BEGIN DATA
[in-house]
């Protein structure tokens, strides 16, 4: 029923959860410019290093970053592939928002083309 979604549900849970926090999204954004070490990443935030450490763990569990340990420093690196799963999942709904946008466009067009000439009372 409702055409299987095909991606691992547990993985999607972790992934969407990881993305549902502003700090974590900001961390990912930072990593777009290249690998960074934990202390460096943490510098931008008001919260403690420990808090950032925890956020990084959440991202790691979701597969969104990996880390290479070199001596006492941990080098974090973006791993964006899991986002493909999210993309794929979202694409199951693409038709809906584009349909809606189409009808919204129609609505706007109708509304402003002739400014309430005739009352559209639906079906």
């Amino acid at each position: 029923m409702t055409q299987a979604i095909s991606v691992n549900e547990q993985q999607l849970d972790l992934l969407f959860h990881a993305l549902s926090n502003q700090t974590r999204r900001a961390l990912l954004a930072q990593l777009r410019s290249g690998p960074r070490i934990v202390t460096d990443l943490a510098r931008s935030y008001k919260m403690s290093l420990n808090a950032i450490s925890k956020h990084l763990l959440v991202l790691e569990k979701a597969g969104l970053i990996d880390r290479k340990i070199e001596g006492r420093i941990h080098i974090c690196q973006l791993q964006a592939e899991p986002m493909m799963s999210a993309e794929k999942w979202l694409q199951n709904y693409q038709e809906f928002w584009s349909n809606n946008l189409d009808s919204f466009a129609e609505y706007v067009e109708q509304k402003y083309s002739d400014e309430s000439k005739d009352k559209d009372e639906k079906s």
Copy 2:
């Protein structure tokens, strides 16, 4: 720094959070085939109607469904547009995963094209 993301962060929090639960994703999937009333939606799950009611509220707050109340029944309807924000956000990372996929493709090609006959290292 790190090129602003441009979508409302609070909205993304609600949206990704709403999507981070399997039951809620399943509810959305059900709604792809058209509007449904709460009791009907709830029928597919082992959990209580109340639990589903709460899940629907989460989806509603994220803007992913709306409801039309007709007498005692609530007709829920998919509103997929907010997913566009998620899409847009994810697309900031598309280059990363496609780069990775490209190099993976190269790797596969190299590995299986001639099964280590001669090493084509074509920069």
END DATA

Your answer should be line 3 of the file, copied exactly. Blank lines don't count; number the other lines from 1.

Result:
């Amino acid at each position: 029923m409702t055409q299987a979604i095909s991606v691992n549900e547990q993985q999607l849970d972790l992934l969407f959860h990881a993305l549902s926090n502003q700090t974590r999204r900001a961390l990912l954004a930072q990593l777009r410019s290249g690998p960074r070490i934990v202390t460096d990443l943490a510098r931008s935030y008001k919260m403690s290093l420990n808090a950032i450490s925890k956020h990084l763990l959440v991202l790691e569990k979701a597969g969104l970053i990996d880390r290479k340990i070199e001596g006492r420093i941990h080098i974090c690196q973006l791993q964006a592939e899991p986002m493909m799963s999210a993309e794929k999942w979202l694409q199951n709904y693409q038709e809906f928002w584009s349909n809606n946008l189409d009808s919204f466009a129609e609505y706007v067009e109708q509304k402003y083309s002739d400014e309430s000439k005739d009352k559209d009372e639906k079906s």